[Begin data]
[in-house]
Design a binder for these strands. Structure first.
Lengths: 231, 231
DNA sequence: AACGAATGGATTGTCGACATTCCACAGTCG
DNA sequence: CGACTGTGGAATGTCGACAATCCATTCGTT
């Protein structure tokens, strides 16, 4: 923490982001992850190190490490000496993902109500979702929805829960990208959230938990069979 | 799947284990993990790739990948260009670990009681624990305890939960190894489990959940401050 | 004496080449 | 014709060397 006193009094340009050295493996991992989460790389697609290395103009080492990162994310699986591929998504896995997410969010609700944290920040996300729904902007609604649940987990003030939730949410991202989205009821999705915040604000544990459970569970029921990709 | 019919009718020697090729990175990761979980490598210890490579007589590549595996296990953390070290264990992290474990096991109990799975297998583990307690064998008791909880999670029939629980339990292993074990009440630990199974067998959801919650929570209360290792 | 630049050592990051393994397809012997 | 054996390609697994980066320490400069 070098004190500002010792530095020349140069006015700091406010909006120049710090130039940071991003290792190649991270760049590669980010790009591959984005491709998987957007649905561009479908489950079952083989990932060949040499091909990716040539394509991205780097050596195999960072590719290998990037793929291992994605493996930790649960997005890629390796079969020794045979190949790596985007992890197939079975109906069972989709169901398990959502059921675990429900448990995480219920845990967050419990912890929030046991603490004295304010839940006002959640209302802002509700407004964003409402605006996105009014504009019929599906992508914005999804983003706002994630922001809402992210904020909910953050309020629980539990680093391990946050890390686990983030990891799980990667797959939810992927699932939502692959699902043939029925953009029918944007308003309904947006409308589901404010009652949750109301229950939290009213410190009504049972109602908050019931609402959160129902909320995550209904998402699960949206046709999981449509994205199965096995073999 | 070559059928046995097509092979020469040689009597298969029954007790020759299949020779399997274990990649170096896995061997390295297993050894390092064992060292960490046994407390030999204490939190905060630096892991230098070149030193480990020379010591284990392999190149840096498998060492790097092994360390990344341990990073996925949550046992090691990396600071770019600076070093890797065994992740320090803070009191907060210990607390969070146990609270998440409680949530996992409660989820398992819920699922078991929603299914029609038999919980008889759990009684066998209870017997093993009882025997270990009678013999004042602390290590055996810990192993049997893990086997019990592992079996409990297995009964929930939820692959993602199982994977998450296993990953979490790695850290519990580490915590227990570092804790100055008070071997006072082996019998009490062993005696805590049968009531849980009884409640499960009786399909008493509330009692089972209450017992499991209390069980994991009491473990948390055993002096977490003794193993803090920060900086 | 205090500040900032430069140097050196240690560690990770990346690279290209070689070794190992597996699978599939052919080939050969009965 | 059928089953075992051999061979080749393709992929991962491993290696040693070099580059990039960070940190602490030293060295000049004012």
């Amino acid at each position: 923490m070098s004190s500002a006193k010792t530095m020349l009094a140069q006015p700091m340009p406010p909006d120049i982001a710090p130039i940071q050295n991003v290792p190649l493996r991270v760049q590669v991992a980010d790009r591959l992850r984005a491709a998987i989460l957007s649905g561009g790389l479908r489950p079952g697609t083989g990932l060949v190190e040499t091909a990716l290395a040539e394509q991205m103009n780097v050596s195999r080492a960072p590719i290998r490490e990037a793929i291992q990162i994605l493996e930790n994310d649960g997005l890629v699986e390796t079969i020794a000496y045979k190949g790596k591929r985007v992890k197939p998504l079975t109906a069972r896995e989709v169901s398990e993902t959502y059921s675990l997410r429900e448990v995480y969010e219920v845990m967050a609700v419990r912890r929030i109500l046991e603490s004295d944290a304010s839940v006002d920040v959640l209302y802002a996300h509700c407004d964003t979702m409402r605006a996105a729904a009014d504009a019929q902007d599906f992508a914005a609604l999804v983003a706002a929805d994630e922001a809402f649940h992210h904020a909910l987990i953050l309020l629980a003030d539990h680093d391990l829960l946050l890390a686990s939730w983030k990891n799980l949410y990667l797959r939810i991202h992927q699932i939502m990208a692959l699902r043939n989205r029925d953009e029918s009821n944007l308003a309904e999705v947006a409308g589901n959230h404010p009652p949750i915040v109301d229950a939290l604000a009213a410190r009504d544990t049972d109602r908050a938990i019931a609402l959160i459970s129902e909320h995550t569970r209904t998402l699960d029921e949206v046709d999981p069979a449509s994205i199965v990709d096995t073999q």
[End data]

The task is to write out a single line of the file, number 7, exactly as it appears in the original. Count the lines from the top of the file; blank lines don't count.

């Amino acid at each position: 923490m070098s004190s500002a006193k010792t530095m020349l009094a140069q006015p700091m340009p406010p909006d120049i982001a710090p130039i940071q050295n991003v290792p190649l493996r991270v760049q590669v991992a980010d790009r591959l992850r984005a491709a998987i989460l957007s649905g561009g790389l479908r489950p079952g697609t083989g990932l060949v190190e040499t091909a990716l290395a040539e394509q991205m103009n780097v050596s195999r080492a960072p590719i290998r490490e990037a793929i291992q990162i994605l493996e930790n994310d649960g997005l890629v699986e390796t079969i020794a000496y045979k190949g790596k591929r985007v992890k197939p998504l079975t109906a069972r896995e989709v169901s398990e993902t959502y059921s675990l997410r429900e448990v995480y969010e219920v845990m967050a609700v419990r912890r929030i109500l046991e603490s004295d944290a304010s839940v006002d920040v959640l209302y802002a996300h509700c407004d964003t979702m409402r605006a996105a729904a009014d504009a019929q902007d599906f992508a914005a609604l999804v983003a706002a929805d994630e922001a809402f649940h992210h904020a909910l987990i953050l309020l629980a003030d539990h680093d391990l829960l946050l890390a686990s939730w983030k990891n799980l949410y990667l797959r939810i991202h992927q699932i939502m990208a692959l699902r043939n989205r029925d953009e029918s009821n944007l308003a309904e999705v947006a409308g589901n959230h404010p009652p949750i915040v109301d229950a939290l604000a009213a410190r009504d544990t049972d109602r908050a938990i019931a609402l959160i459970s129902e909320h995550t569970r209904t998402l699960d029921e949206v046709d999981p069979a449509s994205i199965v990709d096995t073999q």